New lineup sparks Celtics past Pacers, 94-75

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New lineup sparks Celtics past Pacers, 94-75

BOSTON The Boston Celtics have had impressive wins this season, with most doing little to build momentum going forward.

But Friday's 94-75 victory over Indiana felt different if for no other reason than the lineup being different ... sort of.

Boston's impressive performance was fueled in part by Doc Rivers' decision to put Brandon Bass back in with the first unit, giving the Celtics the same starting five it had when it closed out last season with a 14-5 record that catapulted them into the postseason where they advanced to the Eastern Conference finals.

It was a strong game for the Celtics (15-17), a night that could not be dampened even by the ejection of Kevin Garnett in the fourth quarter after he was whistled for a flagrant-two foul (automatic ejection) on Tyler Hansbrough.

Boston, snapping a four-game losing streak with the victory, still have quite a ways to go before they are a legitimate contender again.

But Friday's win was certainly a step in that direction.

The Celtics could not make shots in the first quarter, which has usually led to a huge early deficit that they would spend the rest of the half trying to cut into.

But despite shooting just 29.2 percent from the field in the first, Boston was only down 16-15 courtesy of some tough, gritty defense.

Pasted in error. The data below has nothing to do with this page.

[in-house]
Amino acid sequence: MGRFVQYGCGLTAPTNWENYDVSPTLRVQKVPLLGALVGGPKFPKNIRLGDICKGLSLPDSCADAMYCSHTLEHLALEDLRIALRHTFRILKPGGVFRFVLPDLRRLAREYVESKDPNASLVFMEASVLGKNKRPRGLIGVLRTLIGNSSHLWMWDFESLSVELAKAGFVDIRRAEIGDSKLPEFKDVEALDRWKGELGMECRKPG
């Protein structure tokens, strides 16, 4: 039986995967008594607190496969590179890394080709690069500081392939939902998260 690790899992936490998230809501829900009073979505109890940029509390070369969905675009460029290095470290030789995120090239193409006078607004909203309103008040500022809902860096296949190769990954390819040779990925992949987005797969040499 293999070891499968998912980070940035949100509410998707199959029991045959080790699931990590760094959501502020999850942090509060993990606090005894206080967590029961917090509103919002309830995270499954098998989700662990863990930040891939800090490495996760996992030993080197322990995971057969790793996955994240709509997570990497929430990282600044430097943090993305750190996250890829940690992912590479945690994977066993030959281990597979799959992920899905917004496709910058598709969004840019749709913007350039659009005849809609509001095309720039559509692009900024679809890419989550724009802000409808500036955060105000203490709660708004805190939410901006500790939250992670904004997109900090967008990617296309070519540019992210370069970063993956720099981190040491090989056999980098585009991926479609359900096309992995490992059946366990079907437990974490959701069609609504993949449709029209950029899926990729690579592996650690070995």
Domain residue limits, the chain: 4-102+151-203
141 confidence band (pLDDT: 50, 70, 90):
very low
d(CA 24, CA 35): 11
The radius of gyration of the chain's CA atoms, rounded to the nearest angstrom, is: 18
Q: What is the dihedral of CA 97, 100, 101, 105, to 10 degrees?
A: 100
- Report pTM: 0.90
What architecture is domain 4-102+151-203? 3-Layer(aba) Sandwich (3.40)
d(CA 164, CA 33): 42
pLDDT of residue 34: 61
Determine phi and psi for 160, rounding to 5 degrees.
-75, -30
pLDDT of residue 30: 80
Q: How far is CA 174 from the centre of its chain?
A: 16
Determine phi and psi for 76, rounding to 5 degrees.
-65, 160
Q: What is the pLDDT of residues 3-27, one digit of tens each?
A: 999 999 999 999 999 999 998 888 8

That defensive intensity was sustained in the second quarter. And when you throw a slew of shots starting to fall from several Celtics players, the C's pulled ahead by as many as 15 in the first half before settling on a 47-35 lead.

Two important developments in the first half were critical to Boston's strong play.

For starters, Rajon Rondo was as aggressive as we've seen in weeks offensively, tallying all 10 of his first-half points in the second quarter. He finished with a team-high 18 points, seven assists and five rebounds.

In addition, Boston was getting a much-needed boost of energy from its bench and Courtney Lee was leading the way.

Lee's defense coupled with some timely shots around the basket gave the Celtics a lift that seemed to energize both his teammates as well as Celtics Nation. He would finished with 13 points.

The third quarter featured the C's missing several shots in the first few minutes. But for a change, it didn't matter because the Celtics defense refused to allow the double-digit cushion built up in the first half to shrink.

And as the fourth quarter rolled along, the Celtics continued to play solid defense while most of their core guys spent most or all of the quarter on the bench, resting up for Saturday night's game at Atlanta.

There will be many theories as to how the Celtics were able to blow out an Indiana team that had won eight of its last 10 games leading up to Friday's game.

But more than anything else, the Celtics finally had players in roles that head coach Doc Rivers envisioned them being at the start of the season.

So it's not a coincidence that Friday's game was arguably their most complete performance of the season.